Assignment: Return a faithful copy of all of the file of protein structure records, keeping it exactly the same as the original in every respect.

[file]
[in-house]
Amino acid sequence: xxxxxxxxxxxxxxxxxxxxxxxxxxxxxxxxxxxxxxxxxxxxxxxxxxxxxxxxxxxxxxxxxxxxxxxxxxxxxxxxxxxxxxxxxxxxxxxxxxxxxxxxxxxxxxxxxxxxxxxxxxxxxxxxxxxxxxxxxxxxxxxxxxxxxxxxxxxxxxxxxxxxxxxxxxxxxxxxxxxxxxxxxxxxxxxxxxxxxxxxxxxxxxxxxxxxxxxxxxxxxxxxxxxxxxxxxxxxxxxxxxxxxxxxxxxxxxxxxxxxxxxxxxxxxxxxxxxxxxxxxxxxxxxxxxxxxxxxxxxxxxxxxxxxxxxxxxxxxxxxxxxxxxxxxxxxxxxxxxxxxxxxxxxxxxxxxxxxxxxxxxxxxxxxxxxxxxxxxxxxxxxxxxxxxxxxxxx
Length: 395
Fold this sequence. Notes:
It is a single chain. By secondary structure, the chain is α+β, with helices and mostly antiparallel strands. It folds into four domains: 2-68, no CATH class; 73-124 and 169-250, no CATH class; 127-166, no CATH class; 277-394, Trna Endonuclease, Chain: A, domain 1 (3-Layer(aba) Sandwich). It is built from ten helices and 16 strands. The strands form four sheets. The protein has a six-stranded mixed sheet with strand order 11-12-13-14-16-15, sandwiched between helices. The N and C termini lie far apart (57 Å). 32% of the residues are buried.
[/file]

[in-house]
Amino acid sequence: xxxxxxxxxxxxxxxxxxxxxxxxxxxxxxxxxxxxxxxxxxxxxxxxxxxxxxxxxxxxxxxxxxxxxxxxxxxxxxxxxxxxxxxxxxxxxxxxxxxxxxxxxxxxxxxxxxxxxxxxxxxxxxxxxxxxxxxxxxxxxxxxxxxxxxxxxxxxxxxxxxxxxxxxxxxxxxxxxxxxxxxxxxxxxxxxxxxxxxxxxxxxxxxxxxxxxxxxxxxxxxxxxxxxxxxxxxxxxxxxxxxxxxxxxxxxxxxxxxxxxxxxxxxxxxxxxxxxxxxxxxxxxxxxxxxxxxxxxxxxxxxxxxxxxxxxxxxxxxxxxxxxxxxxxxxxxxxxxxxxxxxxxxxxxxxxxxxxxxxxxxxxxxxxxxxxxxxxxxxxxxxxxxxxxxxxxxx
Length: 395
Fold this sequence. Notes:
It is a single chain. By secondary structure, the chain is α+β, with helices and mostly antiparallel strands. It folds into four domains: 2-68, no CATH class; 73-124 and 169-250, no CATH class; 127-166, no CATH class; 277-394, Trna Endonuclease, Chain: A, domain 1 (3-Layer(aba) Sandwich). It is built from ten helices and 16 strands. The strands form four sheets. The protein has a six-stranded mixed sheet with strand order 11-12-13-14-16-15, sandwiched between helices. The N and C termini lie far apart (57 Å). 32% of the residues are buried.